Wandering Thoughts archives


The uncertainty of an elevated load average on our Linux IMAP server

We have an IMAP server, using Dovecot on Ubuntu 18.04 and with all of its mail storage on our NFS fileservers. Because of historical decisions (cf), we've periodically had real performance issues with it; these issues have been mitigated partly through various hacks and partly through migrating the IMAP server and our NFS fileservers from 1G Ethernet to 10G (our IMAP server routinely reads very large mailboxes, and the faster that happens the better). However, the whole experience has left me with a twitch about problem indicators for our IMAP server, especially now that we have a Prometheus metrics system that can feed me lots of graphs to worry about.

For a while after we fixed up most everything (and with our old OmniOS fileservers), the IMAP server was routinely running at a load average of under 1. Since then its routine workday load average has drifted upward, so that a load average of 2 is not unusual and it's routine for it to be over 1. However, there are no obvious problems the way there used to be; 'top' doesn't show constantly busy IMAP processes, for example, indicators such as the percentage of time the system spends in iowait (which on Linux includes waiting for NFS IO) is consistently low, and our IMAP stats monitoring doesn't show any clear slow commands the way it used to. To the extent that I have IMAP performance monitoring, it only shows slow performance for looking at our test account's INBOX, not really other mailboxes.

(All user INBOXes are in our NFS /var/mail filesystem and some of them are very large, so it's a really hot spot and is kind of expected to be slower than other filesystems; there's only really so much we can do about it. Unfortunately we don't currently have Prometheus metrics from our NFS fileservers, so I can't easily tell if there's some obvious performance hotspot on that fileserver.)

All of this leaves me with two closely related mysteries. First, does this elevated load average actually matter? This might be the sign of some real IMAP performance problem that we should be trying to deal with, or it could be essentially harmless. Second, what is causing the load average to be high? Maybe we frequently have blocked processes that are waiting on IO or something else, or that are running in micro-bursts of CPU usage.

(eBPF based tracing might be able to tell us something about all of this, but eBPF tools are not really usable on Ubuntu 18.04 out of the box.)

Probably I should invest in developing some more IMAP performance measurements and also consider doing some measurements of the underlying NFS client disk IO, at least for simple operations like reading a file from a filesystem. We might not wind up with any more useful information than we already have, but at least I'd feel like I was doing something.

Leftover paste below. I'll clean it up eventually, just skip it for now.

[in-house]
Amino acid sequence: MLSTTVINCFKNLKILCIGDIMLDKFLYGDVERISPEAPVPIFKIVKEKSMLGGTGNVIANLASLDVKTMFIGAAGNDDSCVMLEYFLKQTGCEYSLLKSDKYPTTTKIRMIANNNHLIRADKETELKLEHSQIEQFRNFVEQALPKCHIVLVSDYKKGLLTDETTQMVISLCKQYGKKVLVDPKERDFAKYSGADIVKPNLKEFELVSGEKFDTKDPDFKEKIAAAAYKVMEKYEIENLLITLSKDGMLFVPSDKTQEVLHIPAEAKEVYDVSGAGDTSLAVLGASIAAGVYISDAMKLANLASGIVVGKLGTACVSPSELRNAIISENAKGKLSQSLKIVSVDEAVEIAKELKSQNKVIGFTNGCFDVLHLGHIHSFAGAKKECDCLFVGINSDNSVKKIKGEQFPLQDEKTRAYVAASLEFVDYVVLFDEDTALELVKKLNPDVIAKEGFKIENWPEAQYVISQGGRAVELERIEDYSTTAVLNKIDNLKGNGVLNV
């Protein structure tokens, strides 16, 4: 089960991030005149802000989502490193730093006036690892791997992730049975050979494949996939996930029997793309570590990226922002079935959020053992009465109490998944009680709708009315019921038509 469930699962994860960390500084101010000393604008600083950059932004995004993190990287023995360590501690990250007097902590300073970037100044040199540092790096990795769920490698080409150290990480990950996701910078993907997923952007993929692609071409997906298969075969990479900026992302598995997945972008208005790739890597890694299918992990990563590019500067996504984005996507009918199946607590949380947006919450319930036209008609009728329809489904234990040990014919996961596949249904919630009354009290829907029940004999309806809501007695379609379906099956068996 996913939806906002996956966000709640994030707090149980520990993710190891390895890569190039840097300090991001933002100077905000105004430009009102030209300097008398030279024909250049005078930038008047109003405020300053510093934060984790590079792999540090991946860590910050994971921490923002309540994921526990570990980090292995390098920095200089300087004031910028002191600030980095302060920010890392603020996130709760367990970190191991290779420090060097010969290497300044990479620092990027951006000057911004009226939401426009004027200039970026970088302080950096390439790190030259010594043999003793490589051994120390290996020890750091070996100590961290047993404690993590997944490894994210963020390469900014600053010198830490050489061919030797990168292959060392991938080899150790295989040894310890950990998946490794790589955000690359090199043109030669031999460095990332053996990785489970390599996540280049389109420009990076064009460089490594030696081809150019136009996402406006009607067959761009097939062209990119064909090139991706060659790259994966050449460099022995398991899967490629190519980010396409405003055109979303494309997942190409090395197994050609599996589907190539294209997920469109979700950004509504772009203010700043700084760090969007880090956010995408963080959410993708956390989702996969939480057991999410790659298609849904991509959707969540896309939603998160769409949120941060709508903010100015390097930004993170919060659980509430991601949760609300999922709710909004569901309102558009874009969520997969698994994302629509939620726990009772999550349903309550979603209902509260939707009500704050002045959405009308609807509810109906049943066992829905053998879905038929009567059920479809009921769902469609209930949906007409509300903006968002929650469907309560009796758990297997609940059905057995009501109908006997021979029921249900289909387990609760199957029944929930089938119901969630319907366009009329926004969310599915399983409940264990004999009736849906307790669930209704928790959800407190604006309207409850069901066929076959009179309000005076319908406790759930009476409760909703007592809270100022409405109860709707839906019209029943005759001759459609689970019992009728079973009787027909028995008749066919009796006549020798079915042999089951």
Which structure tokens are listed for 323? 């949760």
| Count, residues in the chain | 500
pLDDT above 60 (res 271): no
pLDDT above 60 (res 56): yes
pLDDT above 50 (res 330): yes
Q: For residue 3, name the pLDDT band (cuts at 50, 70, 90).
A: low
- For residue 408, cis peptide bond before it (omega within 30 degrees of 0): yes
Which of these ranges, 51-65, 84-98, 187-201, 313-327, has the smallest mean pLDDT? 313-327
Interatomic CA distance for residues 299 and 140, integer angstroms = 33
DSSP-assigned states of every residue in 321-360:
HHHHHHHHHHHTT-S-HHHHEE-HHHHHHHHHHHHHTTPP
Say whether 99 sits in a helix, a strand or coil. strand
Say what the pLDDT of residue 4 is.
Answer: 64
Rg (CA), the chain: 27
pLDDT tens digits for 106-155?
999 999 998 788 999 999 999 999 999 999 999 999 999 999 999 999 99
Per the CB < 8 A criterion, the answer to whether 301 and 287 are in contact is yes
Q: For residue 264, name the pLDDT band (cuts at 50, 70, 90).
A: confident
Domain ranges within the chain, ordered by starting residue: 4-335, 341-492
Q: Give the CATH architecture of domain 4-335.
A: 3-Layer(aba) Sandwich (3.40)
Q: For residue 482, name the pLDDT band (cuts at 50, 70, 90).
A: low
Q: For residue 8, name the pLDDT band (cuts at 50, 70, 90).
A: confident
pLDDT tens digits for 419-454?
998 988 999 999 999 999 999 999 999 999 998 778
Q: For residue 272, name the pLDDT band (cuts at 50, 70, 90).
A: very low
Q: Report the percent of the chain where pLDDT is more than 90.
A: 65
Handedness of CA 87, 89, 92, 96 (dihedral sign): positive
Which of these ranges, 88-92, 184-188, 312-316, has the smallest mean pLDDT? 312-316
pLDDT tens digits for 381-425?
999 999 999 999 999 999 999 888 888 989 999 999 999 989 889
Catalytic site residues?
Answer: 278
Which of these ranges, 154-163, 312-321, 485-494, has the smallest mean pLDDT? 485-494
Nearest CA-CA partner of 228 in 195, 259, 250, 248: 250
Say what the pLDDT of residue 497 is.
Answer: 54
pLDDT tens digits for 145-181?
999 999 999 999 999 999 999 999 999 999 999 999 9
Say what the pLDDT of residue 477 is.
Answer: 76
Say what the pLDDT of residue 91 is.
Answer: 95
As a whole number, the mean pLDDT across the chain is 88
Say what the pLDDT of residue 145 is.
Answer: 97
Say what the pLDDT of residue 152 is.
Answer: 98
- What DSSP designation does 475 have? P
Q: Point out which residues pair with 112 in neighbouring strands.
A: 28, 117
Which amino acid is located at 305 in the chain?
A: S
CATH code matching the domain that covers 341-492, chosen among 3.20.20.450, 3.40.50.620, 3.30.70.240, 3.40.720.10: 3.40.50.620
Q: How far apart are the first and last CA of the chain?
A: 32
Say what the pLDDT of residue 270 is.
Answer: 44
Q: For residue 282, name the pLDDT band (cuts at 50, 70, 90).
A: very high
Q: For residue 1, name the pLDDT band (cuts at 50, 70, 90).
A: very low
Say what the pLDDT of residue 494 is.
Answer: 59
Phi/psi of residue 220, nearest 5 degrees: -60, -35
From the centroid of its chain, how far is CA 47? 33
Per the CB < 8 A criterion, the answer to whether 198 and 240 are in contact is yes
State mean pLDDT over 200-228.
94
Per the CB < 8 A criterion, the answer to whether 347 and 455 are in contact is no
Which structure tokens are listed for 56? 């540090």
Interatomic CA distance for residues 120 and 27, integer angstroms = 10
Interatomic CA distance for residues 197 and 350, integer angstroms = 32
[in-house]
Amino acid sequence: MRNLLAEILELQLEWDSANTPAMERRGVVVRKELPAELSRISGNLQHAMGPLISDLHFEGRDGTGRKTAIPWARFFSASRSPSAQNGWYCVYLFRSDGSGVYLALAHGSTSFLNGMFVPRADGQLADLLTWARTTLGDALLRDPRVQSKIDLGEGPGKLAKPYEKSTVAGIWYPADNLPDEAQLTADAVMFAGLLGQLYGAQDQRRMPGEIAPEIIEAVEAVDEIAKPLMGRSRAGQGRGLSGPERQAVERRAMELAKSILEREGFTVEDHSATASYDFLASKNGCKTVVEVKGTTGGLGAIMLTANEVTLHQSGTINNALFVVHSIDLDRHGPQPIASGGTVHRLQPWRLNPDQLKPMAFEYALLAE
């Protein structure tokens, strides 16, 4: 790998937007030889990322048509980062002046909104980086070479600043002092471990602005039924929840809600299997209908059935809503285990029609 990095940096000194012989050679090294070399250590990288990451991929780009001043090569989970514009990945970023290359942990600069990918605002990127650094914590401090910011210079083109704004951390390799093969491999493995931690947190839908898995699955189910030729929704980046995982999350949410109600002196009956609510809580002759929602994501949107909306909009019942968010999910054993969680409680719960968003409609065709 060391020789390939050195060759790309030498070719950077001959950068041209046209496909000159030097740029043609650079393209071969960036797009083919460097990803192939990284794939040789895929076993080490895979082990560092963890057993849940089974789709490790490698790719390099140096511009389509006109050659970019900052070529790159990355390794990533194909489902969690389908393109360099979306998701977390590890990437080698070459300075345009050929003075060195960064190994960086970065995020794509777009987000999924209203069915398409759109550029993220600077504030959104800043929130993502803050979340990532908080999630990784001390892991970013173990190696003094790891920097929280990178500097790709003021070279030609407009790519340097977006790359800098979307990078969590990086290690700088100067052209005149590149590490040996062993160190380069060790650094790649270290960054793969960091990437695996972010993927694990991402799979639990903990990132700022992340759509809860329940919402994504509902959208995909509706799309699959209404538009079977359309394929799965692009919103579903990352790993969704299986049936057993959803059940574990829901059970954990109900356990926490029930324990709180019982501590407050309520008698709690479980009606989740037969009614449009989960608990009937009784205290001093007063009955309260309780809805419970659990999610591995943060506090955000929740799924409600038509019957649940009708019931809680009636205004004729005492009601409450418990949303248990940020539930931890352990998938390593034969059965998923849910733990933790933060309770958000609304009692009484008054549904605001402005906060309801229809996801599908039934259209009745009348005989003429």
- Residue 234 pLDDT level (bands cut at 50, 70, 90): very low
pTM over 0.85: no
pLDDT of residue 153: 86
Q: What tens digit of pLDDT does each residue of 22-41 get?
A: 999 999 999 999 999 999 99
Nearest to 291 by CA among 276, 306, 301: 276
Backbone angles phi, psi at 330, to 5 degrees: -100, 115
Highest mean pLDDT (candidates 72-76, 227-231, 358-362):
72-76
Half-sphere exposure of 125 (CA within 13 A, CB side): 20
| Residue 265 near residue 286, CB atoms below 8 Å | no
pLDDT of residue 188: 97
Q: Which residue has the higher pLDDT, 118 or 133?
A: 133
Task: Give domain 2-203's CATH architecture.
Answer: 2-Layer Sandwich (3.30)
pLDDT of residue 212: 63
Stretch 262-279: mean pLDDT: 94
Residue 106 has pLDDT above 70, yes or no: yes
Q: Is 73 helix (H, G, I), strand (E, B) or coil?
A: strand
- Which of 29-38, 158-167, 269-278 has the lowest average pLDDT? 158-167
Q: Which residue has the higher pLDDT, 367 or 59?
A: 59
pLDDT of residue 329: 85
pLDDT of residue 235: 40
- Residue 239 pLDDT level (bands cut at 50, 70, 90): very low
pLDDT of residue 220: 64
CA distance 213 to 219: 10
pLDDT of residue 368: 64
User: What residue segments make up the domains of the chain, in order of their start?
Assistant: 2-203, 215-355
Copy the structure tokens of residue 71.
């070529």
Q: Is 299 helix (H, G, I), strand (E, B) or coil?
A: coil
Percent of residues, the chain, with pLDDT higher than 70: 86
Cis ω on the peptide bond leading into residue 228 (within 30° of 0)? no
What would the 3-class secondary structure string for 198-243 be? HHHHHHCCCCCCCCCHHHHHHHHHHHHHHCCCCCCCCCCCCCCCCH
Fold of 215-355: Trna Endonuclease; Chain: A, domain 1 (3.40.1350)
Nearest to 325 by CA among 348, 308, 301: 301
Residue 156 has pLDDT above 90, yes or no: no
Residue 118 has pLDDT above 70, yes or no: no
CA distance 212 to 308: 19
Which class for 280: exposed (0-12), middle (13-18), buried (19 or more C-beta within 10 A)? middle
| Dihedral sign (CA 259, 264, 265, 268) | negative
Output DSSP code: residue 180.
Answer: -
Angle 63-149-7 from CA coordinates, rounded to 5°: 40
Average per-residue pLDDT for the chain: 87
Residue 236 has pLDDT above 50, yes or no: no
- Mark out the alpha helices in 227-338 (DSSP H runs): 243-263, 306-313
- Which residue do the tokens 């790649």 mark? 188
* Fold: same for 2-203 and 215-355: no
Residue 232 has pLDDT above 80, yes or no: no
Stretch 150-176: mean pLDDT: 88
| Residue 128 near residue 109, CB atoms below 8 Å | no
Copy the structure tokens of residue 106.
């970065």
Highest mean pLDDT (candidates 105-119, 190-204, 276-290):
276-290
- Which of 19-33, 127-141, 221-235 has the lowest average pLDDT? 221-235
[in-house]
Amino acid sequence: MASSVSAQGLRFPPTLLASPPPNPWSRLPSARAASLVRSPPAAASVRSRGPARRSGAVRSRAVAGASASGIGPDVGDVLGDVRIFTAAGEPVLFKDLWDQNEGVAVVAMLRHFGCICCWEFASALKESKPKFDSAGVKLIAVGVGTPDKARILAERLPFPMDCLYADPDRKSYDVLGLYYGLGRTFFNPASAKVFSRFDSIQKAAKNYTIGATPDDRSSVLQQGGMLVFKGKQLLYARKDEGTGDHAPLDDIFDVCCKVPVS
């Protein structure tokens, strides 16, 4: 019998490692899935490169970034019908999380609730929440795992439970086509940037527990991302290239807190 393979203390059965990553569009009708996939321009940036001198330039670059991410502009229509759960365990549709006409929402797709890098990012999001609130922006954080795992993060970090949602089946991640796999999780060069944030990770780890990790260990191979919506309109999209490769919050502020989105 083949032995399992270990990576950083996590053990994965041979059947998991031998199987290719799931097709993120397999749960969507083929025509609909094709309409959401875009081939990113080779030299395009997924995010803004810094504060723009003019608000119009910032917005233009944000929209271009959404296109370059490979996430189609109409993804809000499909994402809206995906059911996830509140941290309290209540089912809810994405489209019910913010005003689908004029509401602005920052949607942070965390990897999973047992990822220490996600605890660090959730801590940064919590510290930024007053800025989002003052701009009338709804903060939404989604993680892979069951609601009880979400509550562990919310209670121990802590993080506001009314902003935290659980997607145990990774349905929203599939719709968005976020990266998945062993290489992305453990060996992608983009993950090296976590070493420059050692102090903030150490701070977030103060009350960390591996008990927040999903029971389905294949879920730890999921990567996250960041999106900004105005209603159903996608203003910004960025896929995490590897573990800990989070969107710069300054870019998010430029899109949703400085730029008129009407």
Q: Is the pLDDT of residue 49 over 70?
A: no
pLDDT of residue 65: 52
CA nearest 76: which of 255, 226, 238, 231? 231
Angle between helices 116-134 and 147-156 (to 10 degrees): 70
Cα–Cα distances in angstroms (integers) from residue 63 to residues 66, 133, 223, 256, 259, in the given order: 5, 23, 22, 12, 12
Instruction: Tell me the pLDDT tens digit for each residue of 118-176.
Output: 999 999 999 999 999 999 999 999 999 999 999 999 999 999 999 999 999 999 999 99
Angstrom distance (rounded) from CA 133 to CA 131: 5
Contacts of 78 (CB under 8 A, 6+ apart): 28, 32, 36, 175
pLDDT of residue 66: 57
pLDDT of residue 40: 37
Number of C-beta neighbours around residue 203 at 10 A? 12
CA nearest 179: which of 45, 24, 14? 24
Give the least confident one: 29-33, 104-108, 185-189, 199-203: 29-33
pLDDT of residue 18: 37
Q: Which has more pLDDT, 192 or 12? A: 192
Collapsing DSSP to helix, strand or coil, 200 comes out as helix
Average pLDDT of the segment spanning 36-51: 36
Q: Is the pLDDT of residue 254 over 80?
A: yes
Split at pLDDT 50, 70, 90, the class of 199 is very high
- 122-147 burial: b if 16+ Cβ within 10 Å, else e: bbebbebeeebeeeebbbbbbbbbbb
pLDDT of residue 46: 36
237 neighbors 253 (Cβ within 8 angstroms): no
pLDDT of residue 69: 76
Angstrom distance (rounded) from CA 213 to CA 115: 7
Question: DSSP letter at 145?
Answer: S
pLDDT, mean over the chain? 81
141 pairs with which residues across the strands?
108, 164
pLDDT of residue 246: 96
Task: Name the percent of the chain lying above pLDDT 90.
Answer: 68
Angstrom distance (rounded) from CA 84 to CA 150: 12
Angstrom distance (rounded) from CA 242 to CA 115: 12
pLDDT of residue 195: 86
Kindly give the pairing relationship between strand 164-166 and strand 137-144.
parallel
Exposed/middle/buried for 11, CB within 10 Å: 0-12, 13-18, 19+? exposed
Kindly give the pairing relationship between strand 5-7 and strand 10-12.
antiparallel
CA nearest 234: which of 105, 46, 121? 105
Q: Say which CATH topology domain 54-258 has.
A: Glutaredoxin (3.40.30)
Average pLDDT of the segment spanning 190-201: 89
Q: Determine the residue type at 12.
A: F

linux/LoadAverageIMAPImpactQuestion written at 22:22:22; Add Comment

The case of mysterious load average spikes on our Linux login server

We have a Linux login server that is our primary server basically by default; it's the first one in numbering and the server a convenient alias is pointed to, so most people wind up using it. Naturally we monitor its OS level metrics as part of our Prometheus setup, and as part of that a graph of its load average (along with all our other interesting servers) appears on our overview Grafana dashboard. For basically as long as we've been doing this, we've noticed that this server experiences periodic and fairly drastic short term load average spikes for no clear reason.

A typical spike will take the 1-minute load average from 0.26 or so (the typical load average for it) up to 6.5 or 7 in a matter of seconds, and then immediately start dropping back down. There seems to often be some correlation with other metrics, such as user and system CPU time usage, but not necessarily a high one. We capture ps and top output periodically for reasons beyond the scope of this entry, and these captures have never shown anything in particular even when they capture the high load average itself. The spikes happen at all times, day or night and weekday or weekend, and don't seem to come in any regular pattern (such as every five minutes).

The obvious theory for what is going on is that there are a bunch of processes that have some sort of periodic wakeup where they do a very brief amount of work, and they've wound up more or less in sync with each other. When the periodic wakeup triggers, a whole bunch of processes become ready to run and so spike the load average up, but once they do run they don't do very much so the log-jam clears almost immediately (and the load average immediately drops). Since it seems to be correlated with the number of logins, this may be something in systemd's per-login process infrastructure. Since all of these logins happen over SSH, it could also partly be because we've set a ClientAliveInterval in our sshd_config so sshd likely wakes up periodically for some connections; however, I'm not clear how that would wind up in sync for a significant number of people.

I don't know how we'd go about tracking down the source of this without a lot of work, and I'm not sure there's any point in doing that work. The load spikes don't seem to be doing any harm, and I suspect there's nothing we could really do about the causes even if we identified them. I rather expect that having a lot of logins on a single Linux machine is now not a case that people care about very much.

linux/LoadAverageMultiuserSpikes written at 01:19:38; Add Comment

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